The ALS Association defines ALS as a progressive neurodegenerative disease that affects nerve cells in the brain and the spinal cord. Motor neurons reach from the brain to the spinal cord and from the spinal cord to the muscles throughout the body. The progressive degeneration of the motor neurons in ALS eventually leads to their death. As these motor neurons are lost, the ability of the brain to initiate and control muscle movement is impaired.
How can physical therapy help?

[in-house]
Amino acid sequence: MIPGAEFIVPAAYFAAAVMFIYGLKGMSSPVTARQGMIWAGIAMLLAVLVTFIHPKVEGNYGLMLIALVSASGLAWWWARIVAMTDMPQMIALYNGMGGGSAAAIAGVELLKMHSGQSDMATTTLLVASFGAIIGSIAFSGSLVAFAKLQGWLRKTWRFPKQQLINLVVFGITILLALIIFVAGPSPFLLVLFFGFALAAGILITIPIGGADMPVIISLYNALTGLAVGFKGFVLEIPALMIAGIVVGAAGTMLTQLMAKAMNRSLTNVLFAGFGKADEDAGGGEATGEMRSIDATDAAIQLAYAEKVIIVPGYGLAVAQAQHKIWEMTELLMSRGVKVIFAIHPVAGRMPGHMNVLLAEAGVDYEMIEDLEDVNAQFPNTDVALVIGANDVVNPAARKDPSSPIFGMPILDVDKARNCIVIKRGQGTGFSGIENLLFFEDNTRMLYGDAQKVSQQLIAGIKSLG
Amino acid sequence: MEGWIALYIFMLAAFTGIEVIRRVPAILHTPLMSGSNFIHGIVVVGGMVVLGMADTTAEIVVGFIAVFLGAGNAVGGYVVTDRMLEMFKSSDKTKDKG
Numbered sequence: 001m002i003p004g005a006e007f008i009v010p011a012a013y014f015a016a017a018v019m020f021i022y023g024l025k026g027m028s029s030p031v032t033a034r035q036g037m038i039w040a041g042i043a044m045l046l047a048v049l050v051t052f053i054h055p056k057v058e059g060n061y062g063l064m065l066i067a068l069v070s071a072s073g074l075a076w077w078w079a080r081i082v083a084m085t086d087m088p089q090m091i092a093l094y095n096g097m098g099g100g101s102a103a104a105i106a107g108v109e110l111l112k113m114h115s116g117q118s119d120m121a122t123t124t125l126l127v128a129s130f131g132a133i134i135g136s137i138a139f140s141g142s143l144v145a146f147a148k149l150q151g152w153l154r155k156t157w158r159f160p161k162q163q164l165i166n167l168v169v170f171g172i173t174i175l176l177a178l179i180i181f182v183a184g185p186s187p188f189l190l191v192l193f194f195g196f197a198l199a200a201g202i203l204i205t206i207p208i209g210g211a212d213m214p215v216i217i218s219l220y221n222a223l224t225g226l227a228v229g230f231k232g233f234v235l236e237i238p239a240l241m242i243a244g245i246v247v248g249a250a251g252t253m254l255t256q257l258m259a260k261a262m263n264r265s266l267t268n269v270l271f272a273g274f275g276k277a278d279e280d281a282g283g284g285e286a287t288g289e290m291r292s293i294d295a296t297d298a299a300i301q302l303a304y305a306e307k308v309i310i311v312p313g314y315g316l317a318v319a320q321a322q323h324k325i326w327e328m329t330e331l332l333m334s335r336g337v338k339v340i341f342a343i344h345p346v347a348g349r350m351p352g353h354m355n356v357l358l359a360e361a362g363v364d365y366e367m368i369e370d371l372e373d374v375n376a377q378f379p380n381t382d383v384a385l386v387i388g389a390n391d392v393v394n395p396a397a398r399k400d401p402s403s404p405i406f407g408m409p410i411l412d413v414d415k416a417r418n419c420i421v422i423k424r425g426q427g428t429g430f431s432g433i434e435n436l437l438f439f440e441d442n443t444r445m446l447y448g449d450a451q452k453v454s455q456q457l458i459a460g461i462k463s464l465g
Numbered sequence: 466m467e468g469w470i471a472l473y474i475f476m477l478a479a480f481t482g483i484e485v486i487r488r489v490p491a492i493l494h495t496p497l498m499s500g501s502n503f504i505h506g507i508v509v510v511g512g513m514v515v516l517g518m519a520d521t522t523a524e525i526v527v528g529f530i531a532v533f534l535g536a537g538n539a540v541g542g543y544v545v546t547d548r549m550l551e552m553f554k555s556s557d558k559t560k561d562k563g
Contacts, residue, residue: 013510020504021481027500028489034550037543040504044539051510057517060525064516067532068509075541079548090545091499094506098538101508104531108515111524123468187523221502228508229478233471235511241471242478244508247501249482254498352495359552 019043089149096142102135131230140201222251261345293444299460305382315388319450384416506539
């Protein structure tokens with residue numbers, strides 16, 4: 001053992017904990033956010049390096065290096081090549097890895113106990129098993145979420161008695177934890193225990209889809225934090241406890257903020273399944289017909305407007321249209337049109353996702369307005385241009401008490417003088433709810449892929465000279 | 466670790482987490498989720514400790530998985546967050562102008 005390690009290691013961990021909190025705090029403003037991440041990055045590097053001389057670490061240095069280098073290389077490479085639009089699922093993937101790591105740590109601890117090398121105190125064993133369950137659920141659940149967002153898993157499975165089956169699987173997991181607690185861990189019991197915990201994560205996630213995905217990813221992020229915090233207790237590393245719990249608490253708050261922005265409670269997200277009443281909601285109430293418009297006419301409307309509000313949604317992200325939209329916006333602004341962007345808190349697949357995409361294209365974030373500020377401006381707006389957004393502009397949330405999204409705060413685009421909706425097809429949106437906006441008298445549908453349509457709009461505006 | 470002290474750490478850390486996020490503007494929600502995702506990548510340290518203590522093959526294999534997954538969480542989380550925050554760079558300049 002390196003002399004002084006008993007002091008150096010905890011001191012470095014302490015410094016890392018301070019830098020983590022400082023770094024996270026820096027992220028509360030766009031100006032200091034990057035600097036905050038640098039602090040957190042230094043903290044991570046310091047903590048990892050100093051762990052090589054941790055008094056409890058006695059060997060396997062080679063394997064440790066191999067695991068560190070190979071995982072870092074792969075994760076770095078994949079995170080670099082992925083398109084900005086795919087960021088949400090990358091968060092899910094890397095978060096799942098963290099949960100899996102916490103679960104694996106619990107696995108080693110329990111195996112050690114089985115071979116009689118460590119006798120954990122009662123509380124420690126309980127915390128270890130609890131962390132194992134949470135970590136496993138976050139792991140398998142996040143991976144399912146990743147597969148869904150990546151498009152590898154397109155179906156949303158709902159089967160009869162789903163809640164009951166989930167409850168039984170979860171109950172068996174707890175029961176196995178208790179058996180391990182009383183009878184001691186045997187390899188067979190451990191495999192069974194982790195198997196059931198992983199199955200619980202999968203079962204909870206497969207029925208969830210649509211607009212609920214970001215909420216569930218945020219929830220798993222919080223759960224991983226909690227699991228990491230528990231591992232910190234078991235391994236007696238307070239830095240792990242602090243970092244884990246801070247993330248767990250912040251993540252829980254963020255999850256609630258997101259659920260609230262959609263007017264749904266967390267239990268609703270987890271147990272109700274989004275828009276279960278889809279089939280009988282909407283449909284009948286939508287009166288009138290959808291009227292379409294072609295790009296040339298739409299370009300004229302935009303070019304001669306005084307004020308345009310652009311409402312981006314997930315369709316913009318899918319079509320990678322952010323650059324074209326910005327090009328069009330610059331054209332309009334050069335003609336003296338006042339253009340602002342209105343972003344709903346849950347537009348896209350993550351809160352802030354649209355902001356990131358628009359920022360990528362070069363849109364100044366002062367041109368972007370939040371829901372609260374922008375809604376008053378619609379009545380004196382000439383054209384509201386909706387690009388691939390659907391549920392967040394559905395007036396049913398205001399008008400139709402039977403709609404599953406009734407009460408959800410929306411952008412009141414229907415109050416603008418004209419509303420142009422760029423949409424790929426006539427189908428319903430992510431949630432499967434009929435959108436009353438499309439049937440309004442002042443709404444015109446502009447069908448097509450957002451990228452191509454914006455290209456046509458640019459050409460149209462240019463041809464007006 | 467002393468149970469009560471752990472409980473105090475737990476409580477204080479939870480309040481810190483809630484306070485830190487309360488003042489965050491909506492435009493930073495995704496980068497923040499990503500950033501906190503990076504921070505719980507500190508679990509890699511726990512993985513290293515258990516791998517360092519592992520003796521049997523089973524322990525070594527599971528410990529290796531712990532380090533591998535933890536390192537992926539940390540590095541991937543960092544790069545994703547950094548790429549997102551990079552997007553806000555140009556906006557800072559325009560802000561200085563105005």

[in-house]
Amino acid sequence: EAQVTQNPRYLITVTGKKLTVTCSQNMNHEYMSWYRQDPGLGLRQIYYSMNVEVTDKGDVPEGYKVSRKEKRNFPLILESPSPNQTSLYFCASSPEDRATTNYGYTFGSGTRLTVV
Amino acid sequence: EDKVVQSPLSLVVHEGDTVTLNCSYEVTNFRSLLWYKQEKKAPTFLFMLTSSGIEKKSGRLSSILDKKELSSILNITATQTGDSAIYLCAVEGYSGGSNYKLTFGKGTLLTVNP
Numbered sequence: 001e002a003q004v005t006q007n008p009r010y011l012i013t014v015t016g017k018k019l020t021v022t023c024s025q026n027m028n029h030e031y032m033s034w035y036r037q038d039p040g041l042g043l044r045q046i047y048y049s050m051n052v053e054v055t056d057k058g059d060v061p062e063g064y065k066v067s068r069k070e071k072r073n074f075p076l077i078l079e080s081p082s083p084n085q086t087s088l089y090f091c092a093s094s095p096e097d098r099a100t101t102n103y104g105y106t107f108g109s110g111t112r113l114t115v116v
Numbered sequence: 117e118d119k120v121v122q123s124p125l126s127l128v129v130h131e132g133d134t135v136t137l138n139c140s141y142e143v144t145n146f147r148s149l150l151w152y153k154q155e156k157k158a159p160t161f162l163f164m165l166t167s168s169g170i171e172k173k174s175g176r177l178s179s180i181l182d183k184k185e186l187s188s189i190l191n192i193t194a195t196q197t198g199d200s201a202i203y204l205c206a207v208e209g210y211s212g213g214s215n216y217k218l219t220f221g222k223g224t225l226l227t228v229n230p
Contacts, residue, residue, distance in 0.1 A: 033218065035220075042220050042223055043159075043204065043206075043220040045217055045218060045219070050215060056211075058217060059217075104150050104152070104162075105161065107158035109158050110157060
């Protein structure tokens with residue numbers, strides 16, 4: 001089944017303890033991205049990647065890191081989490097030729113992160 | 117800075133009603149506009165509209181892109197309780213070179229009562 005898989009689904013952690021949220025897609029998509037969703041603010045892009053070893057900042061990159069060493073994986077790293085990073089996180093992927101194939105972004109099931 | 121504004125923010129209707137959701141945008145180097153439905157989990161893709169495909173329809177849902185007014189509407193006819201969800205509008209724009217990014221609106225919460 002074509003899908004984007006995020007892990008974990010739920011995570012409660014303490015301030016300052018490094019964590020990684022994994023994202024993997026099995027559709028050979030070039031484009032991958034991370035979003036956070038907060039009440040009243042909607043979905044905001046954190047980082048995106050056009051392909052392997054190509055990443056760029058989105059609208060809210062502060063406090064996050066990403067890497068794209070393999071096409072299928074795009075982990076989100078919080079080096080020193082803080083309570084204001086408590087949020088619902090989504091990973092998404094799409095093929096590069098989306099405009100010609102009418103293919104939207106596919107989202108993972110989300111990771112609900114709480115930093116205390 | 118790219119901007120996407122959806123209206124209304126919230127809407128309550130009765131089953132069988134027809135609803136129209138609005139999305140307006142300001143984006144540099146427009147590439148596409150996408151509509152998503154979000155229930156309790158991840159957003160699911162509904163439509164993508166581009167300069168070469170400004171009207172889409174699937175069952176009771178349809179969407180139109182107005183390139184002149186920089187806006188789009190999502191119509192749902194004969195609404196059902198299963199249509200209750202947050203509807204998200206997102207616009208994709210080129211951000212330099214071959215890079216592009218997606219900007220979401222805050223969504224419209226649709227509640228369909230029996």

PT can help to preserve existing capabilities and prevent further loss of motion. PT can also prevent joint pain or joint stiffness related to the disease. By evaluating each patient’s joint range of motion, strength and functional mobility skills, a PT can provide guidance for daily tasks such as walking or standing from a chair. Aerobic exercise for cardiovascular fitness, stretching exercises, range of motion activities, and mild functional strengthening exercises may be typical parts of PT treatment.